When there is Hatred, we must be Love
While people debate if the Ferguson Missouri police officer did something illegal in the case of Michael Brown’s death… one thing is clear – there is racism and it’s quite alive in this country.
Looking beyond the actual case, the racism is seen in the comments on every news article online. Regardless of the event of Michael Brown’s death the online community has responded with hatred, racism, and anger towards the situation.
Even the NY Times was caught in this – as they referred to Michael Brown as “no angel.” The NY Times defended it’s statement… But when investigative reporters digged into the NY times articles on serial killers and terrorists who were white, they found the descriptions were always very positive. The article I’m referring to is here.
While it’s easy to feel anger and hatred for the racist comments and actions going on around us, spiritually speaking, our mind’s will be at peace if we can find love for those afflicted with the sickness of hatred. It’s very hard to do. I know from my own past experiences with some bad situations, it was very hard to feel compassion to the “other” doing the wrong.
Exchanging Self With Others (Buddhist Practice)
One thing that helped me was meditation and one specific meditation that really helped me was one called, “Exchanging Self With Others.” The link to the guided meditation of it is here. Just scroll down to the section “Exchanging Self with Others.”
The “Other” that frustrates us, is an extension of ourselves. At some level we are all one. This oneness is understood in many (if not all) Eastern religions. We can simply ask, “what am i?” Am I a body? If the body dies do I also? Tracing it back (either in hypnosis, meditation, or contemplation) it can be seen that we are not our body. Acknowledging that, opens the door to knowing we are spirit. But what is our spirit? By considering that, and tracing it back to a root source, we see that it is an emanation from God. Therefore if each of us are spiritual beings and have the same source (God), then we all are one, in God. At that single source, we all connect, and that point is our Higher selves.
This is what is meant by Namaste.
If you find it difficult to think of this in a spiritual way, just consider this: If you have children, get in touch with the love you have for your child and try to remember your child when it was a baby. Consider that moment when you really felt that intense love.
Now consider the person that frustrates you. The racist. The problem maker. Imagine them before they were afflicted with their sickness of hatred. Imagine how they looked as an infant… a toddler… a child. Think of how their mother loved(s) them.
Think of how you and their mother have that love in common.
Similar to the the above practice, in the East there is a practice of Mother recognition. This works if you believe in reincarnation. If you believe in reincarnation, consider that you have lived billions of lifetimes. In those countless births you have been many things: a husband, son, wife, daughter and mother. Consider that likewise this frustrating person has also been born billions of times and has also been a husband, son, wife, daughter and mother to YOU.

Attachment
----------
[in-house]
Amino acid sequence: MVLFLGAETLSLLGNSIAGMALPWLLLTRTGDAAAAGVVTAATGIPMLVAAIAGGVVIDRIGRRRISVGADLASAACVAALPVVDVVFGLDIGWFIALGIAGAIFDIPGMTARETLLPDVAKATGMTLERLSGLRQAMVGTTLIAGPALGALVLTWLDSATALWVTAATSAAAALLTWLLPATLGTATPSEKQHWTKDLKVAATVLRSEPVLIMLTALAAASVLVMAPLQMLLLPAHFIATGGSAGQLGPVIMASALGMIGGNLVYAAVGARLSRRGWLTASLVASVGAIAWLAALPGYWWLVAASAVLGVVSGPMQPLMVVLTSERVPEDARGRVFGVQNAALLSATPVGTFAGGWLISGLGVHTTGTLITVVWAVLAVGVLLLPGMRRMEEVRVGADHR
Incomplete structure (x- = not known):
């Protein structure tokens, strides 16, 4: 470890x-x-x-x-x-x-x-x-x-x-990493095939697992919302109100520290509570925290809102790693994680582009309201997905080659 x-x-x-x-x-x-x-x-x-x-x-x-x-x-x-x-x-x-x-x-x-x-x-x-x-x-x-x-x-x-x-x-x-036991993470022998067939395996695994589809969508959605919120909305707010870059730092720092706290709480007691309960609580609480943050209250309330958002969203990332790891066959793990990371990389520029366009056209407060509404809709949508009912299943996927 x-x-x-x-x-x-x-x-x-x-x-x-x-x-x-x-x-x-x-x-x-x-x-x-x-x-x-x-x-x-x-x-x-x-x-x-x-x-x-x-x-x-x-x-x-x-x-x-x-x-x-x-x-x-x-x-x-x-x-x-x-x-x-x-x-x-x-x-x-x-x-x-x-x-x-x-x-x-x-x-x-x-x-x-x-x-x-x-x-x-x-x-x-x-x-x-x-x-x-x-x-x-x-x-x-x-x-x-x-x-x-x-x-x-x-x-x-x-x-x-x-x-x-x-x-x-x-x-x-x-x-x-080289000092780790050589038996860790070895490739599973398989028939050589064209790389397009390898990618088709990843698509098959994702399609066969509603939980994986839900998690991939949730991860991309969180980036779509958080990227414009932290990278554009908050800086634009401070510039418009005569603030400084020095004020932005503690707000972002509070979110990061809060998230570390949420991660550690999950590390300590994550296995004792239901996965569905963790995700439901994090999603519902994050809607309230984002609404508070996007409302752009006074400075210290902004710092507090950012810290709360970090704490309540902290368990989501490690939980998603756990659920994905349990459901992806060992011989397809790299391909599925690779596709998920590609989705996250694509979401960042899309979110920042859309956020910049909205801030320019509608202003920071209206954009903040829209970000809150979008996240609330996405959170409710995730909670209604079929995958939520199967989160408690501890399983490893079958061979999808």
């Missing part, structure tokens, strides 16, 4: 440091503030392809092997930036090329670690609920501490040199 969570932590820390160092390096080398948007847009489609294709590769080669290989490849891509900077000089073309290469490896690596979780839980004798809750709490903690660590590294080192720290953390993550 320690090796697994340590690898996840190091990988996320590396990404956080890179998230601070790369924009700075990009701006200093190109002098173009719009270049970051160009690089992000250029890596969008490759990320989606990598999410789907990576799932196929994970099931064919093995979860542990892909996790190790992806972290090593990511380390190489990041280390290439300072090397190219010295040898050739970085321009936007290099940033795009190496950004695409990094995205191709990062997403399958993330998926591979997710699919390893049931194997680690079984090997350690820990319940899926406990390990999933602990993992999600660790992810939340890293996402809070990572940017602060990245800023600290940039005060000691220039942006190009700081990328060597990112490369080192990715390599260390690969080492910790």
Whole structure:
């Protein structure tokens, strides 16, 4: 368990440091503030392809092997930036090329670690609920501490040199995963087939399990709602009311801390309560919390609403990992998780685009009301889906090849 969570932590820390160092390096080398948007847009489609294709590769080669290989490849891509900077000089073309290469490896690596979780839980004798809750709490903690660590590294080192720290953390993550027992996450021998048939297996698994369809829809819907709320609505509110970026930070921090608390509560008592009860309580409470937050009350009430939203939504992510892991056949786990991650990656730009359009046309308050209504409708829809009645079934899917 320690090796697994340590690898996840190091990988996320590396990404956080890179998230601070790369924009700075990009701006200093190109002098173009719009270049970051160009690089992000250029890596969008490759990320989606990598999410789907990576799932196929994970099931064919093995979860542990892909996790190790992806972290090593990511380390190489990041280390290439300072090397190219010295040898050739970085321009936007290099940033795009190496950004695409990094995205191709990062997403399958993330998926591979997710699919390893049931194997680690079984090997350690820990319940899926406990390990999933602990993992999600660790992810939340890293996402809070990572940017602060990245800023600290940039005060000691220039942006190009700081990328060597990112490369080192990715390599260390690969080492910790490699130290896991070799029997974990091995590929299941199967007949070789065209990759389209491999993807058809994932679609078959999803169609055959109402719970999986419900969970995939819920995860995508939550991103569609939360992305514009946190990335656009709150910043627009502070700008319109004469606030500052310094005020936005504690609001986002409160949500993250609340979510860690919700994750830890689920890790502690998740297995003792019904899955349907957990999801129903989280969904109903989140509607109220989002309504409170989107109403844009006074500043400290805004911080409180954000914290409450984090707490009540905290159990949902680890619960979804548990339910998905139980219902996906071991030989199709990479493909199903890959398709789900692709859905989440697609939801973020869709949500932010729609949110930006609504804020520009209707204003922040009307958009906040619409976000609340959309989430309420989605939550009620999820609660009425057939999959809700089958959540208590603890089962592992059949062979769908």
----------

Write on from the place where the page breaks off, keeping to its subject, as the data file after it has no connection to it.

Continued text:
Consider now your mother in this life. If she is alive or passed, consider your best feelings you ever had towards her. Think of how she took you when you were born and nursed you. How she cared for you, and nourished you. How she bathed you and loved you.
Think back to your concept of reincarnation and consider these frustrating people, once were your mother in a past life. They nursed you as your mother figure and took care of you.
If reincarnation is a stretch for you… if you just can’t consider a frustrating racist could be connected to God… then there is something you can try to help you equilibrate your mind. The practice of mindfulness.
This practice does not involve any particular belief. You simply watch your actions.
Some examples of Mindfulness are below:
As you breathe in, become aware of your breath and mentally say, “in.” As you breathe out, mentally say, “out.” Repeat that process for as long as you can. If your mind wonders, simply bring it back on the next breath, following it from the start, to the end.
in… out… in… out…
The practice will calm the mind and help you get in touch with the present moment, as your breathing is in the present moment.
As you hear noises around you, be mindful of it. The sound of a dog in the distance, a bird far away… or the tires of a car as it passes… listen without labeling. Just hear the sound in the moment. “Watch” each sound as it starts, changes and ends. Then listen for the next sound.
As you take food in, be mindful of it. Mentally concentrate on your food. Be aware of the chewing process and the breakdown of the food as you are consuming it. Thich Nhat Hanh suggests chewing each bite at least 50 times. Be mindful of that.
In this time of frustration, it’s important to free your mind from turmoil. Don’t get caught up in the hatred and animosity. Free yourself. Find the practice that works best for you, it is in your best interest to let go and learn to love the other. Even as the “other” is screaming vile comments at you, remember they are suffering greatly – it may not always appear that way, but hatred is a difficult burden that destroys most it afflicts.